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Le Bec Fin

1523 Walnut Street (between 15th & 16th Streets),, Philadelphia, 19102-3067, United States

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Le Be Fin finally closed its doors after 40 years in mid 2013. A new restaurant will replace it, to be run by Justin Bogle, who previously was head chef at Gilt (itself now closed) in New York. The brief notes below are now of historical interest only.

This featured a seriously over-the-top dining room that looked like an attempt at a room from Versailles. If only the same attention went into the service and cooking. I did have a good dessert here but the rest of the meal was very ordinary, and I was served by someone who looked and behaved like he was on the run from the law. Deeply overrated and very expensive.

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  • Richard Meyer

    Brasserie perrier is far better then Bec-Fin.

  • Richard Carreño

    Philadelphia::11 July 2008 Andy nailed this place perfectly! It is inhabited by overstuffed octogenarians, seemingly on leave from a visiting dental convention. Over-the-top, I say! The dining room is some kind of nightmare vision that could have been concocted by Randolph Hearst, and you know what kind of tastemaker he was. A year or two ago, I ate at little place near Deauville, also called Le Bec Fin. (That was the reason I showed up). Skip Philly. Head directly to Deauville. Cheers, Richard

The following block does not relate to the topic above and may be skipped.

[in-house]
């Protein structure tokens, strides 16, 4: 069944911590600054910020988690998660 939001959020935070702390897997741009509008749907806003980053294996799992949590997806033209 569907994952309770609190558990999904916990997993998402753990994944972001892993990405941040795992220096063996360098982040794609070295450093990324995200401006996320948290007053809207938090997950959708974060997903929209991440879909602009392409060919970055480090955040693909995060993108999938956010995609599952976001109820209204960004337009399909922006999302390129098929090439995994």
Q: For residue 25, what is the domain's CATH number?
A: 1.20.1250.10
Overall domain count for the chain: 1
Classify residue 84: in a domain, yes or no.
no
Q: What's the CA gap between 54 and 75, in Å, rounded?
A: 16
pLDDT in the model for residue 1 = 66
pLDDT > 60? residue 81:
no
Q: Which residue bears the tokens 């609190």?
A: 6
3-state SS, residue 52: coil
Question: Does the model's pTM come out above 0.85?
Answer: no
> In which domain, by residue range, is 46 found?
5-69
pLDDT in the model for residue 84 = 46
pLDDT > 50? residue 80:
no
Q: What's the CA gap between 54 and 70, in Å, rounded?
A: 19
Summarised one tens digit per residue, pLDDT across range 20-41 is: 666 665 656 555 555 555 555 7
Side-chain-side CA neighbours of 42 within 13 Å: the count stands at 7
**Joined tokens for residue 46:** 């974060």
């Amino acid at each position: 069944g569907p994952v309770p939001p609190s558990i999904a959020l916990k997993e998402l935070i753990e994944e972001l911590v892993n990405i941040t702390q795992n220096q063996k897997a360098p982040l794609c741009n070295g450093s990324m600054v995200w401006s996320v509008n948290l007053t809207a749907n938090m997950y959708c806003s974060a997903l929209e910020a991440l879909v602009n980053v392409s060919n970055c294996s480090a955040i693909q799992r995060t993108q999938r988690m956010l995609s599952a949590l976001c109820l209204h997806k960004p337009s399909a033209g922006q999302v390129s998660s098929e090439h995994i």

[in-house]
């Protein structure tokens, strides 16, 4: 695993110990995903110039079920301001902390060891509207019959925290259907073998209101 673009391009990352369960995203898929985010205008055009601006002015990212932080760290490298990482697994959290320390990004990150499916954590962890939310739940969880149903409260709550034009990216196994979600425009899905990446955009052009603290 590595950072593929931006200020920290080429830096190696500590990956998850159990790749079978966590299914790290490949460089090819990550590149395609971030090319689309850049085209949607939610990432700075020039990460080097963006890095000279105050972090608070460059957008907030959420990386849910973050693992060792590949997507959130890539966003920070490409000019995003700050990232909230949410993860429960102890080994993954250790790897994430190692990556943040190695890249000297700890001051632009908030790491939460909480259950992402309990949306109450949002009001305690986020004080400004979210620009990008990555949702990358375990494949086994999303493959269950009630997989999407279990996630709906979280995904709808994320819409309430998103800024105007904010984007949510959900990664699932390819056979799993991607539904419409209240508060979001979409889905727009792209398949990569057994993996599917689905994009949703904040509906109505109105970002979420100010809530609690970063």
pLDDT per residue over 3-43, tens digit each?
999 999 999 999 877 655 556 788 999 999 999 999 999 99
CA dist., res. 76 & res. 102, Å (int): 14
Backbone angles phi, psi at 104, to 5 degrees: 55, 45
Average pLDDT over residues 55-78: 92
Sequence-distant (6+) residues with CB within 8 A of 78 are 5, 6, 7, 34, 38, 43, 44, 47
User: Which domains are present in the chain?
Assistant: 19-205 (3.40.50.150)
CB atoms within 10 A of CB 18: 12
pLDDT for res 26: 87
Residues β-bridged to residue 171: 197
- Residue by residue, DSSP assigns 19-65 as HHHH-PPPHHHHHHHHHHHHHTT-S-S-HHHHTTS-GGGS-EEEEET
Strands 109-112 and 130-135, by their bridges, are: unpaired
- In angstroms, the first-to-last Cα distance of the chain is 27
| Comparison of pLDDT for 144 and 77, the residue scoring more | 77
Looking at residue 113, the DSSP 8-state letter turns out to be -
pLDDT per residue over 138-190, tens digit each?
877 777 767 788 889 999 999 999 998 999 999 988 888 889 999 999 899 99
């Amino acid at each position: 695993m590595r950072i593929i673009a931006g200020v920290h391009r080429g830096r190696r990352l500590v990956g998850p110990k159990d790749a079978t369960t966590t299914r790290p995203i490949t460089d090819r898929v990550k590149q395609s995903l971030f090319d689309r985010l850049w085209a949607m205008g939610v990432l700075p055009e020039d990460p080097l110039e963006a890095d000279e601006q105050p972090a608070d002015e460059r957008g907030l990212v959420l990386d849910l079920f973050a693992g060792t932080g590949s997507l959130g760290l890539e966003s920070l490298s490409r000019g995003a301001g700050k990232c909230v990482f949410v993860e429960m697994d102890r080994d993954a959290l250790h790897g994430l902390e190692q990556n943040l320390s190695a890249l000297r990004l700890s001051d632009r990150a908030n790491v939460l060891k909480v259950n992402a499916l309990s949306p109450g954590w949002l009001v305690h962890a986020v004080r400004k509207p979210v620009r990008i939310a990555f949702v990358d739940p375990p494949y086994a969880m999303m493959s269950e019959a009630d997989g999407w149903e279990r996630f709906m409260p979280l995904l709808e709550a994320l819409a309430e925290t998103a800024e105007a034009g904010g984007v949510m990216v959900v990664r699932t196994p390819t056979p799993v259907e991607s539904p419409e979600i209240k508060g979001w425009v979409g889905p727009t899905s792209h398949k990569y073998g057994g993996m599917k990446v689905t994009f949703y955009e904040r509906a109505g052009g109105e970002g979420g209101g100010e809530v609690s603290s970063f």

• J.J. STIVES

    After visiting Le Bec on five different occasions, I have always been impressed with Georges Perrier's efforts to hold the French standard higher than his competitors in what is, at best, a city hostile to anything that isn't cheese and steak on a bun. Both the main dining room and the bistro, Le Bar Lyonnais in the basement have always provided excellent offerings for me and my guests, although the usual French semi aloofness will cow some guests. I found it no more over rated than so many other top shelf properties. As is often the case, one cannot control what else is going on at any given time and there are times when even this historically top of the line spot may fail to live up to its reputation. When I compare with others that hold that distinction, such as the Inn at Little Washington, which got Zagat raters so enthralled for years, or The Fountain, over at the Four Seasons, or, God Forbid, the Philadelphia favorite, Susanna Foo, I think Le Bec still does quite well. If you aren't into high French cuisine, it's probably not your place. JJ Stives November 2007

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